Now when someone tries to make me angry, my default reaction is not anger back, but sadness or empathy. What cruel injustices are they suffering to make them lash out? How sad it must be for them to give up control because of their hurt. I feel compassion for their frustration. I try to give them empathy. Learning from my anger may help me to help others get over theirs. Some people take my attitude at not getting angry back as condescension, and it can make them madder. So there are still pitfalls on this path -- but overall, I think it is a better path than before. I know that I like myself more.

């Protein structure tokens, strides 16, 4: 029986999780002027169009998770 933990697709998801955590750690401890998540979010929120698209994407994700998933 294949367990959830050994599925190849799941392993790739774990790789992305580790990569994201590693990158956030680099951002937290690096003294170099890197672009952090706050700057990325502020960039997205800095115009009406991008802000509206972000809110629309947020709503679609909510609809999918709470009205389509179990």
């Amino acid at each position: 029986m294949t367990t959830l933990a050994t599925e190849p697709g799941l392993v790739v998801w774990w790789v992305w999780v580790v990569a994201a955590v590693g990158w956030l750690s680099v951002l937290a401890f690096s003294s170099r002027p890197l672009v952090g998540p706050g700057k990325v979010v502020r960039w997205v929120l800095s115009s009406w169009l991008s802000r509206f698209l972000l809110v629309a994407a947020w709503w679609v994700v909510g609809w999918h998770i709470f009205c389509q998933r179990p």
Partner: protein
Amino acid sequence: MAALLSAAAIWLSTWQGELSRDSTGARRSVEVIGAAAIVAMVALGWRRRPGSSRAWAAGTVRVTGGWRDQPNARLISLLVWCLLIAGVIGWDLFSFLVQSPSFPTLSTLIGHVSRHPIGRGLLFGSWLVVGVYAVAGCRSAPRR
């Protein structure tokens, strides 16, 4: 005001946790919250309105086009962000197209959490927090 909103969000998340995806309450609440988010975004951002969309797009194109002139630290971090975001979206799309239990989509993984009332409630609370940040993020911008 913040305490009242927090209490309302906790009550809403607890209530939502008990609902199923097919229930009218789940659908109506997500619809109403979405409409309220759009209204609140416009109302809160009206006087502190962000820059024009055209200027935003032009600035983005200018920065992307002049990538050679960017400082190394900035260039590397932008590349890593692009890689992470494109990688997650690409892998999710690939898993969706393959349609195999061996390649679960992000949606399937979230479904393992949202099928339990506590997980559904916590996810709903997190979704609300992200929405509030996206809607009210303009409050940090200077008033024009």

Don't get me wrong -- I'm no saint, and I'm very human. But at least I know I've found the better path to be on. Over time I've learned to be one of the least angry people I know -- but it has been a long road, with many slip-ups along the way. I forgive myself those slips (as well as others), and let the anger (at myself) go as well.

Anger taught me to write to get over what I was angry about. Sometimes I just wrote to myself, then threw it away, or put it in a drawer (the issue was completed). Sometimes, I let others read what I wrote so that they could understand where I was coming from. Sometimes I used it to confront others so that the issue could be exposed and explored fully (and eventually gotten over). Dealing with anger gave me more tools to cope with life and it taught me to appreciate NOT being angry all the time. I can't thank that anger enough for what it has taught me.